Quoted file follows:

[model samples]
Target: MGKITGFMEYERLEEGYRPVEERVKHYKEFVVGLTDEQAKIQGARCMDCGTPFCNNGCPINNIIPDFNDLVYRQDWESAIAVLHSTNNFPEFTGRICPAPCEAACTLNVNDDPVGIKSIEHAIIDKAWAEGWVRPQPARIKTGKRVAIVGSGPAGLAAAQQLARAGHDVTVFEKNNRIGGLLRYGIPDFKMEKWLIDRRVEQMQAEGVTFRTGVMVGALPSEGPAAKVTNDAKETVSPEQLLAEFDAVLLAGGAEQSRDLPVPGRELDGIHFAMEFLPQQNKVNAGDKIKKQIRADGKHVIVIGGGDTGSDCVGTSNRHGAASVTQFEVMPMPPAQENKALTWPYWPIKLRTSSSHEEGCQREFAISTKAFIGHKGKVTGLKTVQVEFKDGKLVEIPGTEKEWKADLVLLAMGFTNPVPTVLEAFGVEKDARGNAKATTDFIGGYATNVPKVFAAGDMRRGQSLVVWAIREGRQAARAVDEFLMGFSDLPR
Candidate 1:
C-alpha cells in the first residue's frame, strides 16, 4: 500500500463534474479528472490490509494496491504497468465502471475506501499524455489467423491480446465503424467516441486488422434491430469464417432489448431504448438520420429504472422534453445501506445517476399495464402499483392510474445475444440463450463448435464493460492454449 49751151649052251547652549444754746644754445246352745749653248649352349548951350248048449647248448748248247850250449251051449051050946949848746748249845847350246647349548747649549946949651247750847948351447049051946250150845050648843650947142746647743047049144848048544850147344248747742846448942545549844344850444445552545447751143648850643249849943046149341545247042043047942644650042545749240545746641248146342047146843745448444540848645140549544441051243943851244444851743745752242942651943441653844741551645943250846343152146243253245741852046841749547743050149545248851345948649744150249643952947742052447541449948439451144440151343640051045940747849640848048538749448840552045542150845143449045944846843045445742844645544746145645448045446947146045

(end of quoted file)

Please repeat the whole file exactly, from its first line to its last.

[model samples]
Target: MGKITGFMEYERLEEGYRPVEERVKHYKEFVVGLTDEQAKIQGARCMDCGTPFCNNGCPINNIIPDFNDLVYRQDWESAIAVLHSTNNFPEFTGRICPAPCEAACTLNVNDDPVGIKSIEHAIIDKAWAEGWVRPQPARIKTGKRVAIVGSGPAGLAAAQQLARAGHDVTVFEKNNRIGGLLRYGIPDFKMEKWLIDRRVEQMQAEGVTFRTGVMVGALPSEGPAAKVTNDAKETVSPEQLLAEFDAVLLAGGAEQSRDLPVPGRELDGIHFAMEFLPQQNKVNAGDKIKKQIRADGKHVIVIGGGDTGSDCVGTSNRHGAASVTQFEVMPMPPAQENKALTWPYWPIKLRTSSSHEEGCQREFAISTKAFIGHKGKVTGLKTVQVEFKDGKLVEIPGTEKEWKADLVLLAMGFTNPVPTVLEAFGVEKDARGNAKATTDFIGGYATNVPKVFAAGDMRRGQSLVVWAIREGRQAARAVDEFLMGFSDLPR
Candidate 1:
C-alpha cells in the first residue's frame, strides 16, 4: 500500500463534474479528472490490509494496491504497468465502471475506501499524455489467423491480446465503424467516441486488422434491430469464417432489448431504448438520420429504472422534453445501506445517476399495464402499483392510474445475444440463450463448435464493460492454449 49751151649052251547652549444754746644754445246352745749653248649352349548951350248048449647248448748248247850250449251051449051050946949848746748249845847350246647349548747649549946949651247750847948351447049051946250150845050648843650947142746647743047049144848048544850147344248747742846448942545549844344850444445552545447751143648850643249849943046149341545247042043047942644650042545749240545746641248146342047146843745448444540848645140549544441051243943851244444851743745752242942651943441653844741551645943250846343152146243253245741852046841749547743050149545248851345948649744150249643952947742052447541449948439451144440151343640051045940747849640848048538749448840552045542150845143449045944846843045445742844645544746145645448045446947146045